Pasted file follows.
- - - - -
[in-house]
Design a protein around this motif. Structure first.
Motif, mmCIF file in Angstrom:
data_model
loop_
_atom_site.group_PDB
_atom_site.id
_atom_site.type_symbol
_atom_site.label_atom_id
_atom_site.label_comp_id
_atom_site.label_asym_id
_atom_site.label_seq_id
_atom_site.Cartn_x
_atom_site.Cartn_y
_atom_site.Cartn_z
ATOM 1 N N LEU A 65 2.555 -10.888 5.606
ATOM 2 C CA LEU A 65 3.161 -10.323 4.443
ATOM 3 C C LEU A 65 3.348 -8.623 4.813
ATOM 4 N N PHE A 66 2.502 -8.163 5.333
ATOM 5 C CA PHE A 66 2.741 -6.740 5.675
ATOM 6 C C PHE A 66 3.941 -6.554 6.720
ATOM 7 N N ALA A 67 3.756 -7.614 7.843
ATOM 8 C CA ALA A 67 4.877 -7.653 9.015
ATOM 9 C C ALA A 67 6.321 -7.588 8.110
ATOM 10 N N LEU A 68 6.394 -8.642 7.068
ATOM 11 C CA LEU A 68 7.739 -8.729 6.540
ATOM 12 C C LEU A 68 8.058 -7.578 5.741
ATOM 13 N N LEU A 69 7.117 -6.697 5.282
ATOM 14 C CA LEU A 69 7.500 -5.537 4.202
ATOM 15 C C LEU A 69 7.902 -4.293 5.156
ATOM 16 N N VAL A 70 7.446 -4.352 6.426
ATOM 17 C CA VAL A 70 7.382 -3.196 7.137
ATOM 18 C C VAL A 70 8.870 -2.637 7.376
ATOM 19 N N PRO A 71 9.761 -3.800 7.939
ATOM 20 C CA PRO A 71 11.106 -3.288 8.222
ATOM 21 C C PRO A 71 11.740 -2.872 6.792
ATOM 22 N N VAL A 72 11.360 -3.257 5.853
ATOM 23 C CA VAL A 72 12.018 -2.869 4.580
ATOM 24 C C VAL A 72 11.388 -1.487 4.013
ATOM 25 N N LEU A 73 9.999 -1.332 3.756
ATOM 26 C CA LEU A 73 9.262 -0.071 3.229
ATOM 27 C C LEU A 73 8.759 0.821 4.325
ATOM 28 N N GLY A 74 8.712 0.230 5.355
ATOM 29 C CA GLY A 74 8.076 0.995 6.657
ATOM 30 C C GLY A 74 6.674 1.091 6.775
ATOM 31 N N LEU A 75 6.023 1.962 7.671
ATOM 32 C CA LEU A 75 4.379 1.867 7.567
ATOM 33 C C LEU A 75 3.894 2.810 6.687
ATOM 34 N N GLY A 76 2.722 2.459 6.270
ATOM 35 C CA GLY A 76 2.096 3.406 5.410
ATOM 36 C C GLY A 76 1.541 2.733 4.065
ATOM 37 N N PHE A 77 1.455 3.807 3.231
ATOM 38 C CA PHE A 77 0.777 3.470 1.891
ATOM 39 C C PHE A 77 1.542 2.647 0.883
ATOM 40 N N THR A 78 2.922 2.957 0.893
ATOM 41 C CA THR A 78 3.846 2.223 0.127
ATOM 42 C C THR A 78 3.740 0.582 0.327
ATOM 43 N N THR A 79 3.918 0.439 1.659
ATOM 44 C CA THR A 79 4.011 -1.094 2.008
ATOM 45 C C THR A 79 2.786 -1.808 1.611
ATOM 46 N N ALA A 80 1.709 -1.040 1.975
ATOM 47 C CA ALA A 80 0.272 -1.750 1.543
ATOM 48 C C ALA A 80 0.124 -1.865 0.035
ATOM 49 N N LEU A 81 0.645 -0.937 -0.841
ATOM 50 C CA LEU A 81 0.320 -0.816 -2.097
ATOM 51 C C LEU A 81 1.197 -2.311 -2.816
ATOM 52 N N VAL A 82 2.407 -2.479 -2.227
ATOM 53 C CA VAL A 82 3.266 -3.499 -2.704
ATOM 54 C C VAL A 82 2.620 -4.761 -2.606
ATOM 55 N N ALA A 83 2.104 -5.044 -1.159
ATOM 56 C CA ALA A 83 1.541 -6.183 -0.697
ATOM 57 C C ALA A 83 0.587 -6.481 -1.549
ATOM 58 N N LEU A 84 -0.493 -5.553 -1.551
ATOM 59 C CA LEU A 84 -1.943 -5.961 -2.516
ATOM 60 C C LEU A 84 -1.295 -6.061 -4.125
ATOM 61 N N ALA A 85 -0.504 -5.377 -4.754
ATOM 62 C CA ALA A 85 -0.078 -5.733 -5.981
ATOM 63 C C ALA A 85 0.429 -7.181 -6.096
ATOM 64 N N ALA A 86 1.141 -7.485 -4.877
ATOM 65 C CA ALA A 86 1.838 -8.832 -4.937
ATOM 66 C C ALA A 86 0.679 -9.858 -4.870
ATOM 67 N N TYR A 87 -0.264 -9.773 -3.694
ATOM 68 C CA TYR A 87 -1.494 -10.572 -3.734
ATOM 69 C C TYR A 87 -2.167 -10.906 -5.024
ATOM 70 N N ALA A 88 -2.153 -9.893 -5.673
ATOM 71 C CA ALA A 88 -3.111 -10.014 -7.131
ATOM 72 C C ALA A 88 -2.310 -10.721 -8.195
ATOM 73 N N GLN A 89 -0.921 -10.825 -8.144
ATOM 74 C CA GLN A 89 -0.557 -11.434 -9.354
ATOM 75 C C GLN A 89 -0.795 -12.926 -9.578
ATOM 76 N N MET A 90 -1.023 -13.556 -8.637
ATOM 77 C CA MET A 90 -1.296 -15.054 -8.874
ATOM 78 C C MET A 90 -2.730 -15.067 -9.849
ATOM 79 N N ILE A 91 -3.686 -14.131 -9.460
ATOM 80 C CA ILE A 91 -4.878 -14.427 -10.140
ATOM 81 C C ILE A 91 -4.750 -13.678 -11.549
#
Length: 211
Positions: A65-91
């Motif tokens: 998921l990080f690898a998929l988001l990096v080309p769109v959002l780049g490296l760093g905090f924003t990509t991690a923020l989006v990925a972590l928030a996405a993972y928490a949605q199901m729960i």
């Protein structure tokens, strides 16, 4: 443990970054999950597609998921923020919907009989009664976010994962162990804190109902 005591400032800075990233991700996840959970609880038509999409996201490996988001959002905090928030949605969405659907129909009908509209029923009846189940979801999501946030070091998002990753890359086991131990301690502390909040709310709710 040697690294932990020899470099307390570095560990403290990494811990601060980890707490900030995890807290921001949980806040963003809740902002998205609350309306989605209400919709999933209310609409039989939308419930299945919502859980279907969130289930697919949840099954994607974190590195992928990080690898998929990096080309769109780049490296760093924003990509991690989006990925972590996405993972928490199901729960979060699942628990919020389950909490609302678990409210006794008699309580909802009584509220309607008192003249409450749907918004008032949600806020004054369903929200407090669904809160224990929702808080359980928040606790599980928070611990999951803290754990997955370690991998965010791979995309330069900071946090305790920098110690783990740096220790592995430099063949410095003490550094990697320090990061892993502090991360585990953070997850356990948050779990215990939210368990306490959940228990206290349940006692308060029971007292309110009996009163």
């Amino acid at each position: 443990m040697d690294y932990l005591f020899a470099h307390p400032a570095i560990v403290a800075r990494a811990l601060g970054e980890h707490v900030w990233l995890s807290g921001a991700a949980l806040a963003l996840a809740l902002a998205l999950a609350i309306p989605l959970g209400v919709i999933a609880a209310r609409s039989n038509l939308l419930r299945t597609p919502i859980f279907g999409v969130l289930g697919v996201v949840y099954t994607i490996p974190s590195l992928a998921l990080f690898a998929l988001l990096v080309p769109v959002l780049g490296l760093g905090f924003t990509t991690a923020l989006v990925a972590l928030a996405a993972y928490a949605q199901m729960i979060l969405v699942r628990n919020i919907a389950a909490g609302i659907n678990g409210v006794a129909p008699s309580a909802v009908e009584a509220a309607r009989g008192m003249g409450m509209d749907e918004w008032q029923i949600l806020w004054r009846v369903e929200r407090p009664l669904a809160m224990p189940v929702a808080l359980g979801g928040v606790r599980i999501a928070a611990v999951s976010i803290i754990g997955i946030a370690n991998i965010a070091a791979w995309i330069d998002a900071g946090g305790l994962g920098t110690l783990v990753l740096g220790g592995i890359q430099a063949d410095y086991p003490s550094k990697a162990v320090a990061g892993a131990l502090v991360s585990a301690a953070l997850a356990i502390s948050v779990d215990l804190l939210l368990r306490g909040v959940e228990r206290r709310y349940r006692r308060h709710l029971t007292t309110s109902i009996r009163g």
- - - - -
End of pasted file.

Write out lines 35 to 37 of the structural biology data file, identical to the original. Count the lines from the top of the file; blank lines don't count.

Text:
ATOM 20 C CA PRO A 71 11.106 -3.288 8.222
ATOM 21 C C PRO A 71 11.740 -2.872 6.792
ATOM 22 N N VAL A 72 11.360 -3.257 5.853